Mariners make presentation to Ohtani, reps

Seattle brass meets with Japanese star, who could decide on team soon

December 6th, 2017

SEATTLE -- The Mariners made their pitch to Shohei Ohtani on Tuesday morning in Los Angeles. And now general manager Jerry Dipoto and his group must wait for the next move in what has turned into a high-stakes speed-dating game for the seven surviving contenders.
According to sources and various media reports, the Rangers, Cubs and Padres also made their in-person presentations to Ohtani on Tuesday, after the Giants, Dodgers and Angels started things off Monday.
Which leaves the question of whether Ohtani and his representatives from the Creative Artists Agency will have a final answer soon, or take visits to any of the contending cities to scout things further.

Though Ohtani has until Dec. 22 to make a final decision, the process has moved quickly so far. Ohtani's CAA reps had all 30 Major League teams supply written answers -- in English and Japanese -- to a series of questions even before MLB had come to a final agreement on the posting process last Saturday with the Nippon Professional Baseball League in Japan.
Once that agreement was in place, Ohtani quickly whittled the teams he wanted to sit down in person with to the select seven, with his preference clearly leaning to clubs on the West Coast, as well as the Rangers and Cubs.
Dipoto and the Mariners are remaining mum on this week's developments, refusing to even confirm Tuesday's meeting. The other contending clubs also have taken similar silent approaches, clearly not wanting to make any mistakes at this critical juncture.
But it's a safe bet that Dipoto made a persuasive presentation regarding the Mariners' history with Japanese players, as well as the strong Japanese community in Seattle, the lure of the Puget Sound's scenic waterfront city, Safeco Field's renown as a pitching park that still plays well for a left-handed power hitter like Ohtani, and how he could be a difference maker for a club that felt it was strongly positioned for a playoff push last season before injuries undercut the previous year's progress.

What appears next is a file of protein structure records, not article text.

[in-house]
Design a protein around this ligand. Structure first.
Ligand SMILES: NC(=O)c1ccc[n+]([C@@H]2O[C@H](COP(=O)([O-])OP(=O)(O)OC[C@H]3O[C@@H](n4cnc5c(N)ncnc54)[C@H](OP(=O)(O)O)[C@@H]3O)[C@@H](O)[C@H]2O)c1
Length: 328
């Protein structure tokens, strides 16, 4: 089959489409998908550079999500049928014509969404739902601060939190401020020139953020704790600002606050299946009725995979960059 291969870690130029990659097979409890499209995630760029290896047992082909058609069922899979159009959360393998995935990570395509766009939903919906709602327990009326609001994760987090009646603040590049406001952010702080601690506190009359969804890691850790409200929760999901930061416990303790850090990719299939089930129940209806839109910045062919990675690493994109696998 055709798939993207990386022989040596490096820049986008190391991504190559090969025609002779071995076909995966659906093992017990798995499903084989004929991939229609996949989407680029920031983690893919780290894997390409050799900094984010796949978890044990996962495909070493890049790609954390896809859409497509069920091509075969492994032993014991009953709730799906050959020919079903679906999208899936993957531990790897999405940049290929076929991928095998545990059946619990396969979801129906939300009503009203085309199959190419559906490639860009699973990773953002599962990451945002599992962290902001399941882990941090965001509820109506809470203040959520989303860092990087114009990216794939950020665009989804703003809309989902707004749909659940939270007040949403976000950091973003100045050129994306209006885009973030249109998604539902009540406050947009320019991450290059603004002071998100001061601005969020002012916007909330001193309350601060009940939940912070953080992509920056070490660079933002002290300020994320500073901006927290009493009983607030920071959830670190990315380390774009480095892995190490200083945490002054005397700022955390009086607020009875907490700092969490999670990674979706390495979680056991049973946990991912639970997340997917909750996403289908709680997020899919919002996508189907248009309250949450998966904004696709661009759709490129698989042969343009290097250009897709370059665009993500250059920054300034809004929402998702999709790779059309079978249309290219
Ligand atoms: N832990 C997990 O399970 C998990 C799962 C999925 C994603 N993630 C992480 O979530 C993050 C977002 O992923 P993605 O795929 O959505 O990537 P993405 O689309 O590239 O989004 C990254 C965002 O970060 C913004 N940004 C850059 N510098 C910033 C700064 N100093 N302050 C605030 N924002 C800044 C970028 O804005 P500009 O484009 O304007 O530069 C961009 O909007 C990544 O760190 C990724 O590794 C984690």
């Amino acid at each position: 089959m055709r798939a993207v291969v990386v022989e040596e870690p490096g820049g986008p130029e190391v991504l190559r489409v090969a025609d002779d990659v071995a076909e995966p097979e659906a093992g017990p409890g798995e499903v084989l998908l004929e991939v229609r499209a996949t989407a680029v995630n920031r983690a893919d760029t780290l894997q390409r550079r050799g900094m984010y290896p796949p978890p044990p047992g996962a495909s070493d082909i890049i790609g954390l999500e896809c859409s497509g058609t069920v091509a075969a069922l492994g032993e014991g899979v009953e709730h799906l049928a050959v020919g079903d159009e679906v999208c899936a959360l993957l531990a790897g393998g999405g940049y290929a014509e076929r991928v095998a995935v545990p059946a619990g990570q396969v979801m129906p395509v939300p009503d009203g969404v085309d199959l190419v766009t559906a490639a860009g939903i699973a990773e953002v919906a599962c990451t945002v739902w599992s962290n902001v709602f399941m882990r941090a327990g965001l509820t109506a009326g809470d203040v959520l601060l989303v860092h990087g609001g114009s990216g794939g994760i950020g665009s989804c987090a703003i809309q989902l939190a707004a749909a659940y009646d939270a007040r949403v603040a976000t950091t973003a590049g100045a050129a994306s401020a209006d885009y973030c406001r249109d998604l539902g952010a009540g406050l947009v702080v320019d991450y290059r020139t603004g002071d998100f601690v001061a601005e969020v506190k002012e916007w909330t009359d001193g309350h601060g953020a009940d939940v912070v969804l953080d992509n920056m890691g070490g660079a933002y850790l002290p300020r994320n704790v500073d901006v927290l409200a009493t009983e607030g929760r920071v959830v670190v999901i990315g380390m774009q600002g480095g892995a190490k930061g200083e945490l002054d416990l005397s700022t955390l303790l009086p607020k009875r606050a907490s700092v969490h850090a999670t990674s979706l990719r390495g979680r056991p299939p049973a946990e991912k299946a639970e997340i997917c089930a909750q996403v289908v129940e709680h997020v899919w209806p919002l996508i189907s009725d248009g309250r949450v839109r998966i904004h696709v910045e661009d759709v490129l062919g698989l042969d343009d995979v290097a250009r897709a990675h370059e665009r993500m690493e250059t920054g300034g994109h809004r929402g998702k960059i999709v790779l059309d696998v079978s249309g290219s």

One of Ohtani's questions to clubs concerned the teams' medical training and player-performance philosophies and facilities, and the Mariners just hired Dr. Lorena Martin, who brings an impressive combination of education and experience in mental and physical preparation combined with analytics.
The Mariners also present a familiar Spring Training environment for Ohtani, who was at the adjacent Padres facility in Peoria, Ariz., with his Nippon Ham Fighters club for visits the past two years.
The Mariners also have extensive experience helping prominent Japanese players integrate into their team and city, having had at least one Japanese player on their 25-man roster every year since 1998. , one of Ohtani's favorite players growing up in Japan, spent 12 seasons as a Mariners star from 2001-12.

, who has been one of Seattle's top pitchers the past six years, recently signed a Minor League deal to remain with the Mariners as he comes back from shoulder surgery. Kazuhiro Sasaki was the Mariners' closer from 2000-03, Kenji Johjima was the starting catcher from 2006-09, and utility infielder and outfielder have played with the club in recent seasons.
Mac Suzuki was the first Japanese player for the Mariners, pitching for Seattle in 1996 and 1998-99. And the club was the first -- and only -- MLB franchise to have Japanese ownership, as the Nintendo Corporation was the primary owner from 1992-2016, and still holds a minority share, which resulted in the Mariners being a popular and often-televised club in Japan during Ohtani's youth.
Despite his current silence, Dipoto has made no secret of his team's desire to land Ohtani in the lead-up to negotiations, and he's been aggressive on the trade market to add international bonus pool money. After making a trade last month with the White Sox to add $500,000, Dipoto added $2 million more in separate deals with the Twins and Marlins. That brought Seattle's available funds up to $3,557,500, which gives them the most to offer among the remaining contenders.

But Ohtani has chosen to come to the Majors at age 23, rather than wait until he turns 25 and be an international free agent capable of commanding a huge contract. Which is why Dipoto and other GMs have put on their recruiting hats.
"This is maybe the most unique circumstance I can recall in baseball," Dipoto said two weeks ago. "It is all about how you as a city, an organization and as human beings appeal to an individual rather than the final paycheck. In my lifetime, that's never really been a thing."